It’s now been a couple of years since the initial excitement petered out over BlackBerry’s (BlackBerry Stock Quote, Chart, News TSX:BB) reinvention as a security and software operation. And while it’s taken a while for this train to get going, BlackBerry really does look like it’s finally fitting all the pieces together.
Investors should be paying attention to the beleaguered company, says portfolio manager Brendan Caldwell of Caldwell Investment Management, who thinks the company is well positioned to succeed in the COVID-19 era and beyond.
“I actually still use a BlackBerry,” Caldwell said, in conversation with BNN Bloomberg on Monday. “The screen is cracked in two different places. I was really holding out hope and I’m all over getting the new BlackBerry coming out in 2021.”
“And I don’t own the stock right now, but I’m seriously considering it because they’ve been through the long, dark teatime of the soul and it does seem that they’re beginning to get some traction,” Caldwell said. “I’m coming across a little more enthusiastic than I probably should be on a stock I don’t own yet, but it really does seem to me that having survived as long as they have, they are now in a position to catch the wave of all of the technology outsourcing that’s going on. But also, to be back in the hardware business, I think there will be a demand for that product.”
BlackBerry, whose operations now include enterprise software, Internet of Things technology, endpoint security and encryption as well as its patent and licensing business, reported quarterly financials last week, delivering its fiscal second quarter 2021.
BlackBerry grew its revenue by six per cent year-over-year to $259 million while reporting a GAAP operating loss of $22 million or $0.04 per share versus a loss of $44 million or $0.10 per share a year ago.
In non-GAAP terms, BB generated EPS of $0.11 per share whereas analysts had called for earnings of $0.02 per share. (All figures in US dollars.)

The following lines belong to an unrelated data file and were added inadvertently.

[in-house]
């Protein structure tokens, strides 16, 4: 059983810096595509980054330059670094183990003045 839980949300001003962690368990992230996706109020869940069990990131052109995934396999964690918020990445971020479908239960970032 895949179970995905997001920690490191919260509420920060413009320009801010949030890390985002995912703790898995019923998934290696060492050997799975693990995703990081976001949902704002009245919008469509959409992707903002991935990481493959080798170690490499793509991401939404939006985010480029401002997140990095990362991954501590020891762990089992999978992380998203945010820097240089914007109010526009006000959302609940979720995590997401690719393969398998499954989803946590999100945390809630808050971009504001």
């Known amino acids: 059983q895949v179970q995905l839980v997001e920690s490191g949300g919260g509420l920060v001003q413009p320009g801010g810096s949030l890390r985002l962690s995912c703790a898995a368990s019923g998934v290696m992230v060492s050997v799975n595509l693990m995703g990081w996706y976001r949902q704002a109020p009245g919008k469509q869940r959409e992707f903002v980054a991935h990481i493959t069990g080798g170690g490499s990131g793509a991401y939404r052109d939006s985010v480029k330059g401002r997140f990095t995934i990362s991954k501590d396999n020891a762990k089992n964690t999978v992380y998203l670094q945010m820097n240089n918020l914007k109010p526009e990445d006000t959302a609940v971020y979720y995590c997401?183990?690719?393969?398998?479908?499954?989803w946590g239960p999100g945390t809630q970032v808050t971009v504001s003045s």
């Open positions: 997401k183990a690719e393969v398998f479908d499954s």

BlackBerry’s software business has been impacted by COVID-19, as the company has a lot of clients in the automotive space, which has faltered during the pandemic and resulting economic downturn.
But Caldwell thinks BlackBerry is in the right space when it comes to industry trends toward increased security of our technology.
“BlackBerry, it always has the feeling of security and it’s part of the reason I’ve owned it, and I think there’ll be a market for that because not everything on the world can go to the cloud,” Caldwell said. “So, yes, I’m enthusiastic about the stock and, no, I don’t own it yet.”
On the company’s second quarter results, BlackBerry CEO John Chen said they exceeded the company’s expectations in terms of revenue growth, despite the COVID-19 challenges.
“Continued demand for our secure ‘Work from Anywhere’ solutions remains a major driver for our BlackBerry Spark business, which performed well this quarter,” said Chen in a press release. “Some signs of recovery in auto production point to sequential revenue growth and a return to a normal run rate for QNX by early next year. Continued QNX design wins and significant cybersecurity partnerships position the business strongly for the future.”